What’s the difference between a cash value policy and regular term life insurance policy?
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Asked February 10, 2011
Term life insurance is a life insurance policy that is good for a specified term, or length of time. At the end of that time, the policy can be extended, usually at a much higher cost, or allowed to expire. Term life policies that are allows to expire generally become worthless. They are an affordable type of insurance policy to help insure certain events can be paid for if you die, but do not provide much profit in the event of your survival.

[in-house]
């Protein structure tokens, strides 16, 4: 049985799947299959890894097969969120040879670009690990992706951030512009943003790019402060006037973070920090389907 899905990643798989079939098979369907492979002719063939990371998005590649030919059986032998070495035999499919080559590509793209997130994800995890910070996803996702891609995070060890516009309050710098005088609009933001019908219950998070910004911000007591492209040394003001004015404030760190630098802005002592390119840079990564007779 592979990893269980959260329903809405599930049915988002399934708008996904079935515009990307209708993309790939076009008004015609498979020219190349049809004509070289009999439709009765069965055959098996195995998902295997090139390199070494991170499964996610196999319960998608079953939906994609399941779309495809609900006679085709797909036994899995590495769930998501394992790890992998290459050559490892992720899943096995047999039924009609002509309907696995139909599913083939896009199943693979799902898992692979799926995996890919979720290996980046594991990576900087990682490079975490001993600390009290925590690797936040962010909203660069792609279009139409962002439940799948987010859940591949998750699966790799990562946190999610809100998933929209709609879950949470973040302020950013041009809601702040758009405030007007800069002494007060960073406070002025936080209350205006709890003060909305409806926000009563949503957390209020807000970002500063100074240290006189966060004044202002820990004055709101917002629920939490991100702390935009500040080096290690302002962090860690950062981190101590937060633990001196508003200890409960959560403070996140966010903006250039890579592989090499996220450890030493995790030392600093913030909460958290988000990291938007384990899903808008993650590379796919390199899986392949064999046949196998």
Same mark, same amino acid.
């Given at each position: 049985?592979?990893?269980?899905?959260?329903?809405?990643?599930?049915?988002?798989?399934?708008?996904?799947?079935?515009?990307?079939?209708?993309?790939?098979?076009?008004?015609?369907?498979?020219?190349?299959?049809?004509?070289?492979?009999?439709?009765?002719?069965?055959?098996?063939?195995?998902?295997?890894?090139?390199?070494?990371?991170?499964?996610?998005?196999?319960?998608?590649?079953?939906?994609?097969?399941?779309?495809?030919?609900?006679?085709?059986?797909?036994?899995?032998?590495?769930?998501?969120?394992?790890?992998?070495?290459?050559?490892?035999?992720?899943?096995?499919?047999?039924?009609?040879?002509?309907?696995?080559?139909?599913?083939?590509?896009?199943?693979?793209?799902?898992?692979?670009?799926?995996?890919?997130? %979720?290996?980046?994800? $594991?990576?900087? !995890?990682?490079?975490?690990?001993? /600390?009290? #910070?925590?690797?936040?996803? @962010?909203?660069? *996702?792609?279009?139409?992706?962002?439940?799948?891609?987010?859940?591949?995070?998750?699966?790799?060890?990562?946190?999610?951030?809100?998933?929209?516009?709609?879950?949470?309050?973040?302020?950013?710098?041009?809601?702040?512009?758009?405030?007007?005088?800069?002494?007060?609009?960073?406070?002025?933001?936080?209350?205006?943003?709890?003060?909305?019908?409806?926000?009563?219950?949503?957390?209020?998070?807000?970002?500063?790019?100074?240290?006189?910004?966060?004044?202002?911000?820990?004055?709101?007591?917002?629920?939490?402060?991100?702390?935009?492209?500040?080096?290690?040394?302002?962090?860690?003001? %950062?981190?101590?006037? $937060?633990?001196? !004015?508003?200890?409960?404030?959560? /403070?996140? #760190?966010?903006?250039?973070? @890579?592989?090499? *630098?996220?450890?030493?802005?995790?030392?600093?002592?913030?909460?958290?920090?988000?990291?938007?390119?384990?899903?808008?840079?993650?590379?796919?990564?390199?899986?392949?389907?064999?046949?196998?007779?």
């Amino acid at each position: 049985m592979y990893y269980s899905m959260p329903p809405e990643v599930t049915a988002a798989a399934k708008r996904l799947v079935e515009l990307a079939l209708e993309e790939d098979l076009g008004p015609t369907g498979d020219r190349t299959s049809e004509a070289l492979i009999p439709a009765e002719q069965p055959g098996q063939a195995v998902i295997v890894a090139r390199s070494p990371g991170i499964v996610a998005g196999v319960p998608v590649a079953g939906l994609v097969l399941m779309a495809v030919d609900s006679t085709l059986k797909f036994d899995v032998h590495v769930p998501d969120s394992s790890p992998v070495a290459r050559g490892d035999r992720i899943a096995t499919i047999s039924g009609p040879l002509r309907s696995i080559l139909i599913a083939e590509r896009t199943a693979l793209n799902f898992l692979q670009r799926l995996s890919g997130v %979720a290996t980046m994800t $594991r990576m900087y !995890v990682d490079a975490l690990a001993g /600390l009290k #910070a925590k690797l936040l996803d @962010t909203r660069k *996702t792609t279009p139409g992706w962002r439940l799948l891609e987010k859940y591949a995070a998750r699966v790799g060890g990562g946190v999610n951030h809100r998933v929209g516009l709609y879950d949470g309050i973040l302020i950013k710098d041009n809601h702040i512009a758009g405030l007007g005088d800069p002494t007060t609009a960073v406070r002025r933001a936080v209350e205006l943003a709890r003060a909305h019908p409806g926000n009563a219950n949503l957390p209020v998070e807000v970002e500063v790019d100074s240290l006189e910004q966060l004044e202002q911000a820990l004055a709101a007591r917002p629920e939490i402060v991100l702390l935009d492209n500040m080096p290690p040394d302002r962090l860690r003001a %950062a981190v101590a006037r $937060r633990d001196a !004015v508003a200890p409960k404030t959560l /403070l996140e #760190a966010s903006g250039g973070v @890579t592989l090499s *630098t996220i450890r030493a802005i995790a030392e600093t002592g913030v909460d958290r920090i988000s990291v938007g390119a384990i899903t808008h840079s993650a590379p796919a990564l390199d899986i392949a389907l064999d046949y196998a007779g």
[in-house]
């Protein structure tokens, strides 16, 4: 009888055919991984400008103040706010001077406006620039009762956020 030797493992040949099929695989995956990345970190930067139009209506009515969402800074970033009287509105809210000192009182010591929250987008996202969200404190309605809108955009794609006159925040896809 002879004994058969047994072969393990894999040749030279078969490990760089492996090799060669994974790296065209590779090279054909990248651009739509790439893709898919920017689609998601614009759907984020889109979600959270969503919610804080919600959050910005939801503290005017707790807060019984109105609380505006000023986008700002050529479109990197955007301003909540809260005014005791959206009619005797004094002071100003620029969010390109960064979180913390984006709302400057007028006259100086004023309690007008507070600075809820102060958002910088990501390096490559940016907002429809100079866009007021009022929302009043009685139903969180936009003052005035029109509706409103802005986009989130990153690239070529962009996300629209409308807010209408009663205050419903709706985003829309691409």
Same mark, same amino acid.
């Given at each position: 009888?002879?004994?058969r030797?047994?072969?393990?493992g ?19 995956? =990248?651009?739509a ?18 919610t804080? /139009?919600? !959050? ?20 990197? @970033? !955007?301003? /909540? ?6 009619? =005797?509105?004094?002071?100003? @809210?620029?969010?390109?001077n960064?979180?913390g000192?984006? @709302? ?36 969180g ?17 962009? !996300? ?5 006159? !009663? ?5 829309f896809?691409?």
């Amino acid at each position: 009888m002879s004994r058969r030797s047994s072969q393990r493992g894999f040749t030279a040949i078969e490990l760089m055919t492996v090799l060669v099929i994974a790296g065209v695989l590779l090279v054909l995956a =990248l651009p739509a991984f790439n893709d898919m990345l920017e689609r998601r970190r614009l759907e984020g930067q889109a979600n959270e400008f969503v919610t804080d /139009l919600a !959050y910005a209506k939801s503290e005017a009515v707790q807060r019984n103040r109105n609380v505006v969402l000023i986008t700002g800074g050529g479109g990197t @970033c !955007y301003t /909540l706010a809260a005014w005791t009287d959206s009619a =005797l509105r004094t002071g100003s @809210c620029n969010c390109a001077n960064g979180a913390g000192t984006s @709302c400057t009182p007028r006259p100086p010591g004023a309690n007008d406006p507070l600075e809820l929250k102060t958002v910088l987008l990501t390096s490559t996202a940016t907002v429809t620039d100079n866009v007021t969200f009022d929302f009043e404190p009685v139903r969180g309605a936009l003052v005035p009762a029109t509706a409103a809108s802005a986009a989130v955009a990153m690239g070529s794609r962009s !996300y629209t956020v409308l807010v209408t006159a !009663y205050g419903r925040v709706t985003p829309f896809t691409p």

At a higher premium, you can add a cash value to the amount of the policy, making sure that there will be a cash payout when the contract expires, but it is much more financially sound to purchase term insurance policies for short-term goal, and whole insurance with a full cash value for the bulk of your financial worth. In additional to providing a stable payout after death, whole life insurance policies allow you to borrow against them or even take a hand in how the funds are invested.
Term life insurance with a cash value may be useful under very limited circumstances, but combining individual term life and whole life policies will almost always yield the best results. Choose the combination which offers the most stability for your situation now, and in the future as well. In most situations, whole life insurance will offer lower premiums than any sort of term coverage, and a cash value term life policy is likely to be one of the more expensive types available.
Answered February 10, 2011 by Anonymous